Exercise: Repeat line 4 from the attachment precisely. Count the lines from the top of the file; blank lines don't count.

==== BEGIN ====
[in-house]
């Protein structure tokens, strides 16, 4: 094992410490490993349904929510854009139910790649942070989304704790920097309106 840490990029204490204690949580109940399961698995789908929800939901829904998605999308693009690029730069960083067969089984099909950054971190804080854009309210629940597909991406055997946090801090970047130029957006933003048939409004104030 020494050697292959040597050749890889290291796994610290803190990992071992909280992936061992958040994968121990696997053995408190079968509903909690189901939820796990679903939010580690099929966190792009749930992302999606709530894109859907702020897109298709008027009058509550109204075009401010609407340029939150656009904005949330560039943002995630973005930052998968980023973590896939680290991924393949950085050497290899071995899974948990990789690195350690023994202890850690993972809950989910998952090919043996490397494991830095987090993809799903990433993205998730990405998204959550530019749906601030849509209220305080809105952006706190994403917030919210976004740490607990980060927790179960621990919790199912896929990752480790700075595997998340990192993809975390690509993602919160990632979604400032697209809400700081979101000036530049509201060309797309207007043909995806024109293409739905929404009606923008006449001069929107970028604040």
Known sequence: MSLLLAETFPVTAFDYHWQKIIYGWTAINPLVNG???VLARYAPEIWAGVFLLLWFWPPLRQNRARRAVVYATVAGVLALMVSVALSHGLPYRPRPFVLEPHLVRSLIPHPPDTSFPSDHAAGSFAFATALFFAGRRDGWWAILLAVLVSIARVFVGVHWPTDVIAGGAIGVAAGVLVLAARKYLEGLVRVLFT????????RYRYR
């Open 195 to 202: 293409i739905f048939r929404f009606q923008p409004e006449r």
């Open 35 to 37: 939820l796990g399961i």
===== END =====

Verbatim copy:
């Open 195 to 202: 293409i739905f048939r929404f009606q923008p409004e006449r």